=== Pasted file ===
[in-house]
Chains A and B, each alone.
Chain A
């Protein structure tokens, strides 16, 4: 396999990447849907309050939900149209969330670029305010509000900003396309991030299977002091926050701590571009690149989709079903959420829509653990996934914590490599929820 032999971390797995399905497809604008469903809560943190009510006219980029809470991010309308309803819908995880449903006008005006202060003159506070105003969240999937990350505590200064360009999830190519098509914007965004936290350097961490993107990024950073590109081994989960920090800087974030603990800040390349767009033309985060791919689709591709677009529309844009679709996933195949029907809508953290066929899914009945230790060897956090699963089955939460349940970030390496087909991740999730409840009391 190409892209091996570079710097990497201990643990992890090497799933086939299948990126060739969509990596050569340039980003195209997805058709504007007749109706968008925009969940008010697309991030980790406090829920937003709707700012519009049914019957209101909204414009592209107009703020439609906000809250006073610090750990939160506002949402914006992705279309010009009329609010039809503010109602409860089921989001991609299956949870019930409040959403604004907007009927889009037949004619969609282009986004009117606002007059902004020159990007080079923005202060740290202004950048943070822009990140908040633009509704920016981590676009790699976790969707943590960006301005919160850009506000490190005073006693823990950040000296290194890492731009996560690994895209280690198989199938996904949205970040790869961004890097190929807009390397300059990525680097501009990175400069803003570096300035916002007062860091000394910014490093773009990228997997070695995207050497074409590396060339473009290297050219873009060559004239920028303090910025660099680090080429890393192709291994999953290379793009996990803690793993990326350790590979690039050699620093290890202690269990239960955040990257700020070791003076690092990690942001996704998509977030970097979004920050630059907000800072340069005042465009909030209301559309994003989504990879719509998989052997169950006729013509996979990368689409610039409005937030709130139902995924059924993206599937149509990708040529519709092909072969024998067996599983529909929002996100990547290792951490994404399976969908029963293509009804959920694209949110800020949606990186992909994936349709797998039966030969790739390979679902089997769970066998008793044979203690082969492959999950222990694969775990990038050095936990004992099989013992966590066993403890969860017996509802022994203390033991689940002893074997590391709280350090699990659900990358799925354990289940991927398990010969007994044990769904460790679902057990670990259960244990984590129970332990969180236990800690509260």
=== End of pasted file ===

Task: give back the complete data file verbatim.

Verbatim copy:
[in-house]
Chains A and B, each alone.
Chain A
């Protein structure tokens, strides 16, 4: 396999990447849907309050939900149209969330670029305010509000900003396309991030299977002091926050701590571009690149989709079903959420829509653990996934914590490599929820 032999971390797995399905497809604008469903809560943190009510006219980029809470991010309308309803819908995880449903006008005006202060003159506070105003969240999937990350505590200064360009999830190519098509914007965004936290350097961490993107990024950073590109081994989960920090800087974030603990800040390349767009033309985060791919689709591709677009529309844009679709996933195949029907809508953290066929899914009945230790060897956090699963089955939460349940970030390496087909991740999730409840009391 190409892209091996570079710097990497201990643990992890090497799933086939299948990126060739969509990596050569340039980003195209997805058709504007007749109706968008925009969940008010697309991030980790406090829920937003709707700012519009049914019957209101909204414009592209107009703020439609906000809250006073610090750990939160506002949402914006992705279309010009009329609010039809503010109602409860089921989001991609299956949870019930409040959403604004907007009927889009037949004619969609282009986004009117606002007059902004020159990007080079923005202060740290202004950048943070822009990140908040633009509704920016981590676009790699976790969707943590960006301005919160850009506000490190005073006693823990950040000296290194890492731009996560690994895209280690198989199938996904949205970040790869961004890097190929807009390397300059990525680097501009990175400069803003570096300035916002007062860091000394910014490093773009990228997997070695995207050497074409590396060339473009290297050219873009060559004239920028303090910025660099680090080429890393192709291994999953290379793009996990803690793993990326350790590979690039050699620093290890202690269990239960955040990257700020070791003076690092990690942001996704998509977030970097979004920050630059907000800072340069005042465009909030209301559309994003989504990879719509998989052997169950006729013509996979990368689409610039409005937030709130139902995924059924993206599937149509990708040529519709092909072969024998067996599983529909929002996100990547290792951490994404399976969908029963293509009804959920694209949110800020949606990186992909994936349709797998039966030969790739390979679902089997769970066998008793044979203690082969492959999950222990694969775990990038050095936990004992099989013992966590066993403890969860017996509802022994203390033991689940002893074997590391709280350090699990659900990358799925354990289940991927398990010969007994044990769904460790679902057990670990259960244990984590129970332990969180236990800690509260």